Senior Liberal Peter Dutton has pushed the case for a postal plebiscite on the issue of same sex marriage, saying he would like it resolved in this term of parliament.
He says a postal plebiscite would require no legislation but would deliver the same policy intent as a proper plebiscite, which has been blocked by the Senate.
"I think that is a much a cleaner process than people running off to support private member's motions or a Labor stunt within the House of Representatives," Mr Dutton told Sky News on Sunday.
Labor, the Greens and others have rejected the idea of plebiscite, instead they believe there should be a free vote in the parliament.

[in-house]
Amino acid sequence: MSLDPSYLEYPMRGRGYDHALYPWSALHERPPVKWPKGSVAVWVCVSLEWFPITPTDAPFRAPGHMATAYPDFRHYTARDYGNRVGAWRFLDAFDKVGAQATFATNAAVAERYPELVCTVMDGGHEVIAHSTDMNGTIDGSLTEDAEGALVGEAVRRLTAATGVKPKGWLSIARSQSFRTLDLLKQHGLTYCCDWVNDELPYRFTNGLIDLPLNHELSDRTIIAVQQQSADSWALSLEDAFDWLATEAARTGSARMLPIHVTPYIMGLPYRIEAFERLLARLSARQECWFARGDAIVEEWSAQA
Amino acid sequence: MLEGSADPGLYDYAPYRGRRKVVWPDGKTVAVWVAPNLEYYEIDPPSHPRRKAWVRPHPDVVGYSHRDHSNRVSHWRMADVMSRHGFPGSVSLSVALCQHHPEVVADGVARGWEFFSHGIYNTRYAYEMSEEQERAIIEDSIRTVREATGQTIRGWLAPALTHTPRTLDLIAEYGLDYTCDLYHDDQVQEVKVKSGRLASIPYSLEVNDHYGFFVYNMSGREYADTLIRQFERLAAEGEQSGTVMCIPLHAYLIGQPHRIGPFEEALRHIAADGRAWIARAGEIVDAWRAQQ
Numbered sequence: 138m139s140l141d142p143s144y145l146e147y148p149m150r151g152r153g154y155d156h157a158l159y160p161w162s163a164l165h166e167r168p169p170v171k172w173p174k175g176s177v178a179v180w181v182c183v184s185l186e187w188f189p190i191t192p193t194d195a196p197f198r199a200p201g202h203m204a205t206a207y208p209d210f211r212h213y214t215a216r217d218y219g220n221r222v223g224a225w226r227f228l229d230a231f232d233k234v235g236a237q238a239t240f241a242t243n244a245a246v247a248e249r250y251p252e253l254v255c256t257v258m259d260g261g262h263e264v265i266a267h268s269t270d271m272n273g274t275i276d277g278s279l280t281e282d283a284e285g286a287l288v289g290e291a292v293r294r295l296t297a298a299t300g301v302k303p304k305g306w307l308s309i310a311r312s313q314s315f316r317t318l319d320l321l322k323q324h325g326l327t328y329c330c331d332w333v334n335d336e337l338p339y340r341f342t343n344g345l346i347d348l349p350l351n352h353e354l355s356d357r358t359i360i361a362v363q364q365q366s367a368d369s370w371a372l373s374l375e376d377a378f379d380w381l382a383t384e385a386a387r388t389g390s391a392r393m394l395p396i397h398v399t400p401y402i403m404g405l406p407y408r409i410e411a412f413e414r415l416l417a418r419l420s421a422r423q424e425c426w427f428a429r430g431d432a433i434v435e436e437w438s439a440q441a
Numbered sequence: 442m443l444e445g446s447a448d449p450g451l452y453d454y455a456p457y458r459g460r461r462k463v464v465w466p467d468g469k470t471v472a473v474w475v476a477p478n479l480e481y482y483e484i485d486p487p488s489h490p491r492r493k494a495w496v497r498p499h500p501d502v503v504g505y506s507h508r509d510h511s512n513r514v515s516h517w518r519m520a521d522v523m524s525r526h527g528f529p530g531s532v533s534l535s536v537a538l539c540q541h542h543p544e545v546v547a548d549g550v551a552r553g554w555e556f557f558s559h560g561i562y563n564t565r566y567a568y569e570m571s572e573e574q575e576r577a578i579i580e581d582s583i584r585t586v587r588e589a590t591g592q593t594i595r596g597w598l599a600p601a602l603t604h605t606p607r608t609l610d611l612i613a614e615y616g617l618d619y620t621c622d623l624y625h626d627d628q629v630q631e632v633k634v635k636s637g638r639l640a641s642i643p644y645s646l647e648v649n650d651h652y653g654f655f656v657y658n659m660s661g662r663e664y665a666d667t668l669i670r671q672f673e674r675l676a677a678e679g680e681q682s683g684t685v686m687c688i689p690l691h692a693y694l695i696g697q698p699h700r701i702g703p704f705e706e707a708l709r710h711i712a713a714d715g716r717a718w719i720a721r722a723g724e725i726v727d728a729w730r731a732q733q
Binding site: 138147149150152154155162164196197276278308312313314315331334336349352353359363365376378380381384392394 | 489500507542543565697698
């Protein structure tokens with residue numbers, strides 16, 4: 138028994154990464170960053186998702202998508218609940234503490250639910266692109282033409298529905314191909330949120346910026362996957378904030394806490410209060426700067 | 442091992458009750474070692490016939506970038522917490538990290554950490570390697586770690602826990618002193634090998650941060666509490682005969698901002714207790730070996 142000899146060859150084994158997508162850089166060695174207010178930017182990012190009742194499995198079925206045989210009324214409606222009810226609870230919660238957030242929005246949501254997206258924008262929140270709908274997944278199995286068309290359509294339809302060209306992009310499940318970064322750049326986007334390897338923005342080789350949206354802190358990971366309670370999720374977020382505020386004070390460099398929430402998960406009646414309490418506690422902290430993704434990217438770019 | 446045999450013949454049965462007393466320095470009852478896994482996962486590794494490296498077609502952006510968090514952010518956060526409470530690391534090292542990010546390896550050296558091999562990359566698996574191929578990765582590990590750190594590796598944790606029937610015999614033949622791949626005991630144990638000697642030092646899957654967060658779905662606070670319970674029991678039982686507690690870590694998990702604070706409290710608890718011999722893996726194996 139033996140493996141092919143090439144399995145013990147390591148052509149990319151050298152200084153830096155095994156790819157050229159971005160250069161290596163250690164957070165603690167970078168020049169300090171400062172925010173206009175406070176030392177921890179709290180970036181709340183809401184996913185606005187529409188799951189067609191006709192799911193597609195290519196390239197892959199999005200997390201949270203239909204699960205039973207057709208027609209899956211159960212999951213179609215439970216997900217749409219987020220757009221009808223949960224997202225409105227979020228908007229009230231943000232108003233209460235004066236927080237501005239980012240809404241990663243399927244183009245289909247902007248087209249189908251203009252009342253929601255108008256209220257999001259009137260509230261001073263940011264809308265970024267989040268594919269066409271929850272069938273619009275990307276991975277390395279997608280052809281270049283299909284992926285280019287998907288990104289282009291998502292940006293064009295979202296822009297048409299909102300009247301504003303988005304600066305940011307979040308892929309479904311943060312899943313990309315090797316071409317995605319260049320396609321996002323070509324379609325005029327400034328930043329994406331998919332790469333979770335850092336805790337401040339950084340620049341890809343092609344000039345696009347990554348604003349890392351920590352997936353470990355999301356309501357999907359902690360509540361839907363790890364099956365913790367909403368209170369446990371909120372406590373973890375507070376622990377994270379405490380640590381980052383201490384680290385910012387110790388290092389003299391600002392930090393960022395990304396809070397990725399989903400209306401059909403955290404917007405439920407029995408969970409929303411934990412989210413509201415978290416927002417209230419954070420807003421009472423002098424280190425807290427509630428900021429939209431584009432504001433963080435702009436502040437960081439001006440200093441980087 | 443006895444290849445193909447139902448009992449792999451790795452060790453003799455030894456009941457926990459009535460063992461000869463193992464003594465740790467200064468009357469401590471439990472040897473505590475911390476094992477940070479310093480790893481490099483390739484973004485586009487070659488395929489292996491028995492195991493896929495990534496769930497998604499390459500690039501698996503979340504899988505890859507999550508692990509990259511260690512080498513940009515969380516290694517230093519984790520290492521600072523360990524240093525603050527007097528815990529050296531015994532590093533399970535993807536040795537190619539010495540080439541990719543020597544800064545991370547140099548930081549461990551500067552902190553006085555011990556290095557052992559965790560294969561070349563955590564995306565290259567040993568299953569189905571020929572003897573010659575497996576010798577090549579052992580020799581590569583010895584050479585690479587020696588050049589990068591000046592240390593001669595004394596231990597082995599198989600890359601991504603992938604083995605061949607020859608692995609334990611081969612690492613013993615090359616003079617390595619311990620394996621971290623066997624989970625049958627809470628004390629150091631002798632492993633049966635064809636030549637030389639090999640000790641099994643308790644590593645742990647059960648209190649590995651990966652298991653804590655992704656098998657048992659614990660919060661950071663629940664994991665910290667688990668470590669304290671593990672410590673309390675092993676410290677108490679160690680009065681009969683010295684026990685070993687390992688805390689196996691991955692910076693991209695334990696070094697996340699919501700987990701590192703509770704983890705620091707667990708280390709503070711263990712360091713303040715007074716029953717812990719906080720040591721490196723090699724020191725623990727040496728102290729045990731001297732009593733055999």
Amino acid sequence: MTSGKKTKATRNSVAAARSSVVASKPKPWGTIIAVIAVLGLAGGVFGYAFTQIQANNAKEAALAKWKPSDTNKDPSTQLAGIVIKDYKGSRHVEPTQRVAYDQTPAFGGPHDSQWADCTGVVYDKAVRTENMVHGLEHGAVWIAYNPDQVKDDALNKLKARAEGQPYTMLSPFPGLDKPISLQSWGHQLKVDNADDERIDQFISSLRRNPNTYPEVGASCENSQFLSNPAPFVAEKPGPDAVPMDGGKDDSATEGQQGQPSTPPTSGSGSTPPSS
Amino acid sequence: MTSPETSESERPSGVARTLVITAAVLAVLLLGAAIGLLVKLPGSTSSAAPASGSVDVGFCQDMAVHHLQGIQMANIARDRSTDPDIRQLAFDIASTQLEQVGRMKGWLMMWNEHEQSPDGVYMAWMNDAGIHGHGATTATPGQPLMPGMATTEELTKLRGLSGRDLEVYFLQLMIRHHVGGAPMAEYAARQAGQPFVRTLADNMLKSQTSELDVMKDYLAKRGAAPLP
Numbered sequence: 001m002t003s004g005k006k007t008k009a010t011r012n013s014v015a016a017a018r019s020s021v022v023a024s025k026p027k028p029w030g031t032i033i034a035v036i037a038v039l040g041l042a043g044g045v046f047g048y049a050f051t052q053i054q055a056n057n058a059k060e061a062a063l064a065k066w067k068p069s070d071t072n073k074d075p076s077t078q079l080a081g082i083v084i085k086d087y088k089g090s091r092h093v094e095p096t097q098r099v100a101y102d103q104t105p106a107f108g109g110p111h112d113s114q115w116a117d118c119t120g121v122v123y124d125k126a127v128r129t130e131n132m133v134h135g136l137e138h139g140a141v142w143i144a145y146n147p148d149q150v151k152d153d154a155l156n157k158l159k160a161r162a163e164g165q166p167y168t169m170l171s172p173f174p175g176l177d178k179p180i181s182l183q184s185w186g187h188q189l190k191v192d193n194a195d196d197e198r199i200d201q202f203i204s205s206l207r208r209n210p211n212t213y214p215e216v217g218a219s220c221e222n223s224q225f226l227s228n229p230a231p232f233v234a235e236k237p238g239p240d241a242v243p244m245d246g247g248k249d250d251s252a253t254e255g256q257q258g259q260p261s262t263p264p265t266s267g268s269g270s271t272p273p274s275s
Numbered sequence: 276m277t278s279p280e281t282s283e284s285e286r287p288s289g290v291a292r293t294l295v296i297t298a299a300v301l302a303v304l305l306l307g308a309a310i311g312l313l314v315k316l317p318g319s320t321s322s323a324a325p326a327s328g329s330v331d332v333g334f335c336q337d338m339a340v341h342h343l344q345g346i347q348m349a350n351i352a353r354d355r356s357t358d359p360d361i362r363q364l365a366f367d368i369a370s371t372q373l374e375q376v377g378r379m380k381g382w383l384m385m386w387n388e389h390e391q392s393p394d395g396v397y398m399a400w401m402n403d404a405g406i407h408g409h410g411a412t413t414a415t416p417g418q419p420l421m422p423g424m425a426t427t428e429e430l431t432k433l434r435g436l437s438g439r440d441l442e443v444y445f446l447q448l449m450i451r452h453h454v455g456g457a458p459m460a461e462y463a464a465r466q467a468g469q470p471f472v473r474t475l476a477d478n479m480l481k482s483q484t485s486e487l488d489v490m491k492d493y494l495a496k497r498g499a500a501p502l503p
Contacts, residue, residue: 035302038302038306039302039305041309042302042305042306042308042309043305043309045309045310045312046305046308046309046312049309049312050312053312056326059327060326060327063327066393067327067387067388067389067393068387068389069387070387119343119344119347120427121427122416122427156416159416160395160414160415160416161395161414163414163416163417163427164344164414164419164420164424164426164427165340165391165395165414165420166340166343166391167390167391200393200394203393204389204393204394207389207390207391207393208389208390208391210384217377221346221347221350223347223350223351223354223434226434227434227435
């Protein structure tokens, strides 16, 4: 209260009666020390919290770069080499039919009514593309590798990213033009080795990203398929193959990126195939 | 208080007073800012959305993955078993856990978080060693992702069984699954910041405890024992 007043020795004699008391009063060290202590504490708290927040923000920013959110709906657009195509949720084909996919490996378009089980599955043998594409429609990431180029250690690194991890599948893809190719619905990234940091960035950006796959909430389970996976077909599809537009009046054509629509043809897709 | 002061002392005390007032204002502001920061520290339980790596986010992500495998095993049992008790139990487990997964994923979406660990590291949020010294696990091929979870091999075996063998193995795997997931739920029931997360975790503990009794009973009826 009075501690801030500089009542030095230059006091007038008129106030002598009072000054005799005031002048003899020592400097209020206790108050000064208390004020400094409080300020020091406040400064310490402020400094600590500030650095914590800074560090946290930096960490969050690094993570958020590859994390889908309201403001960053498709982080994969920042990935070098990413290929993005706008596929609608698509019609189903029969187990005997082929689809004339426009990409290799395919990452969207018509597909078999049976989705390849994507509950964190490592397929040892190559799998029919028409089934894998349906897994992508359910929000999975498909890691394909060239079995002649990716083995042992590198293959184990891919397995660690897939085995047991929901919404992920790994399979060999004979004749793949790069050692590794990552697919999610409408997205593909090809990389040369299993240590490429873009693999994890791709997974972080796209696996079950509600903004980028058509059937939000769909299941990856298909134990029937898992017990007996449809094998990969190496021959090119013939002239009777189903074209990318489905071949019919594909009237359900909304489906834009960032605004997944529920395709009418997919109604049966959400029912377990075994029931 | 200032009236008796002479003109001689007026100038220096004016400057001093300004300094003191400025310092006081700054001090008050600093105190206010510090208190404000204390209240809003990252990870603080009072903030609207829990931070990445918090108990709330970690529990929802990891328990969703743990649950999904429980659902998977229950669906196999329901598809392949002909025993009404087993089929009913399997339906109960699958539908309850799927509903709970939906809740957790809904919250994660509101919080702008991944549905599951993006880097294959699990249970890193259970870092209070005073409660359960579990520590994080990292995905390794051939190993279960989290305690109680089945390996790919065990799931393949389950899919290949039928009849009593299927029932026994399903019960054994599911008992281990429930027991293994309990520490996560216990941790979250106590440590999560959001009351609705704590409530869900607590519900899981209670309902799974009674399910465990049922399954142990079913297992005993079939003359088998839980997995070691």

Earlier, this month Liberal senator Dean Smith confirmed he was drafting a private members' bill to take to the Liberal party room in the coming months for a conscience vote.
Mr Dutton said there was momentum in relation to having the matter resolved one way or the other.
"The next best option in my mind is a postal plebiscite which allows the public to have their say," he said.
He said if a majority of the Australian people favoured a change in the definition of marriage, then the government of the day would be bound by the outcome and legislation would come before the parliament.
Opposition Leader Bill Shorten slammed the proposal.
"The postal plebiscite is a policy for a government that has neither the intellect to know what to do, nor the courage to do what is right," he tweeted on Sunday.